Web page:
DUNEDIN, Fla. -- Pedro Alvarez has all kinds of power. He can crush a baseball, as he did Tuesday on his first swing in the first inning of the first game of the spring, sending an Aaron Sanchez offering over the left-field fence to give the Pirates a 3-0 jump toward an 8-7 exhibition win over Toronto.
Alvarez can also crush media folk hoping for an incisive comment or an insightful interview. That has never been his bag. So he can also powerfully polarize, because outsiders get a view of him startlingly different than how he is regarded in the clubhouse, where the Bucs to a man embrace him as a wonderful teammate and an inspiration.
One of those men, Neil Walker, is Alvarez's tightest friend on the team. The Kid from Pittsburgh and El Toro from the Bronx are united by expectations (both were first-round picks in the First-Year Player Draft) and experiences.
"You want me to talk about Pedro? I'd love to," Walker said. "Because he gets so much stuff from everyone that he doesn't deserve. And he's not one to talk about himself."
OK, Walker, the floor is yours:
"Pedro is probably the hardest-working guy I've ever played with. His desire to win and to be the best is through the roof, the best I've ever seen in anyone. I've learned so much from him in that regard.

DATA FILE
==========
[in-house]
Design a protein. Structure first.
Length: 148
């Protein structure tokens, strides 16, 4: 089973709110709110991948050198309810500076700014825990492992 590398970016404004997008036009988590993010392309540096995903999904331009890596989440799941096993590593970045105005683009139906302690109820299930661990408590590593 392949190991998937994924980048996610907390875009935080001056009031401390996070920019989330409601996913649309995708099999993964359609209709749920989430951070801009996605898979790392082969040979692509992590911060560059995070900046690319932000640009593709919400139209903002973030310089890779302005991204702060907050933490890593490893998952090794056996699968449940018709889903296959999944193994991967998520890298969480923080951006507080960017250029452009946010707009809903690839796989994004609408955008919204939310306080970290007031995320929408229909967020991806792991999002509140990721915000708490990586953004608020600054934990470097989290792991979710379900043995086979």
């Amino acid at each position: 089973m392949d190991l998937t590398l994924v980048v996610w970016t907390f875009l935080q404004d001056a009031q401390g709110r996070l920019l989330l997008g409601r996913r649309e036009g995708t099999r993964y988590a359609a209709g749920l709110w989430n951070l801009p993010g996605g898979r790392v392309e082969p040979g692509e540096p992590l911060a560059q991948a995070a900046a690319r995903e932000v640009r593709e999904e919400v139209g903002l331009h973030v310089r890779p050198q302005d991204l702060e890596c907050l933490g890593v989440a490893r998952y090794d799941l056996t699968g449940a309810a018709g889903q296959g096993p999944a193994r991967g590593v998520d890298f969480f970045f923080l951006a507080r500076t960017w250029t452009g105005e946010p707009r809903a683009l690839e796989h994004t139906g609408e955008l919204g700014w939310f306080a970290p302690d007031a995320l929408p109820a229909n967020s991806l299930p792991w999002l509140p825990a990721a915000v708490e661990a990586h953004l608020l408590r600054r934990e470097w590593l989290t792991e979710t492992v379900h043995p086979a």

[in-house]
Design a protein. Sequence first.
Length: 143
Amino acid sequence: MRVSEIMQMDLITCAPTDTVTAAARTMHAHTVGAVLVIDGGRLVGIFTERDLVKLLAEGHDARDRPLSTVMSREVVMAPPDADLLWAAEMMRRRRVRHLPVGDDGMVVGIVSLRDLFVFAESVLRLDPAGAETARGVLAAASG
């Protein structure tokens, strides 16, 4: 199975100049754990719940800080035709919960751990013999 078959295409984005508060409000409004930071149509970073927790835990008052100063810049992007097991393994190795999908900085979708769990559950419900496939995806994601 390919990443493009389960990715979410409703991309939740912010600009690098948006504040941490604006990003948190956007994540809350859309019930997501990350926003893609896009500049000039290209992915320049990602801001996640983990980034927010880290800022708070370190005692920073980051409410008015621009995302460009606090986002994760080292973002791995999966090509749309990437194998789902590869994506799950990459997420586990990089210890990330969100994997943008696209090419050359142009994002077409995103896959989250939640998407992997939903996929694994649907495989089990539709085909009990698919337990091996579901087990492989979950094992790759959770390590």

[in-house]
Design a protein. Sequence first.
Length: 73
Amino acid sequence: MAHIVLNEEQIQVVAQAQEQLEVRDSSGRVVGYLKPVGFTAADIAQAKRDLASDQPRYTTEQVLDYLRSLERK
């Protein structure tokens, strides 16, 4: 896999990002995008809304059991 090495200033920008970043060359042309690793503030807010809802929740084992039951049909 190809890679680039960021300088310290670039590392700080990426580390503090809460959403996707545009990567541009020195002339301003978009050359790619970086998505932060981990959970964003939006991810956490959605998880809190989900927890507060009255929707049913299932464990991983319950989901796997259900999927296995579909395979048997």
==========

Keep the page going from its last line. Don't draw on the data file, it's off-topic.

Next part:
"He's the epitome of what you want in a teammate, one we're very fortunate to have here in this organization. He'll have your back in any situation. He's even-keeled, never out of control. I know that troubles some people, who'd like to see more emotion from him -- but that's not him.
"The things that matter most to him are the ones he puts the most focus on. The media and other people outside the clubhouse … they get a misconception of who you are, or what you stand for, when you aren't outspoken with your opinions. If [Alvarez] doesn't feel like talking to the media, he's not going to talk. He's somewhat guarded in that regard. But when you get to know him, you understand he's just more focused on things higher on his priority list. That's just the way he is.
"The way things have played out with him, having to change positions, people are looking for knee-jerk reactions from him. But that's not going to happen. He's taking this process not as a demotion but as something that is going to help him and help this organization. Those are the two most important things to him.
"He's looking great and swinging well. All the injuries from the end of the year are gone. From a mental standpoint, he came in with his focus exactly where it needs to be. It's fun to watch him work, because he makes us all better. We know when he's on the field, he can change the game with one swing. I know he's going to work harder than anybody to become comfortable at first base."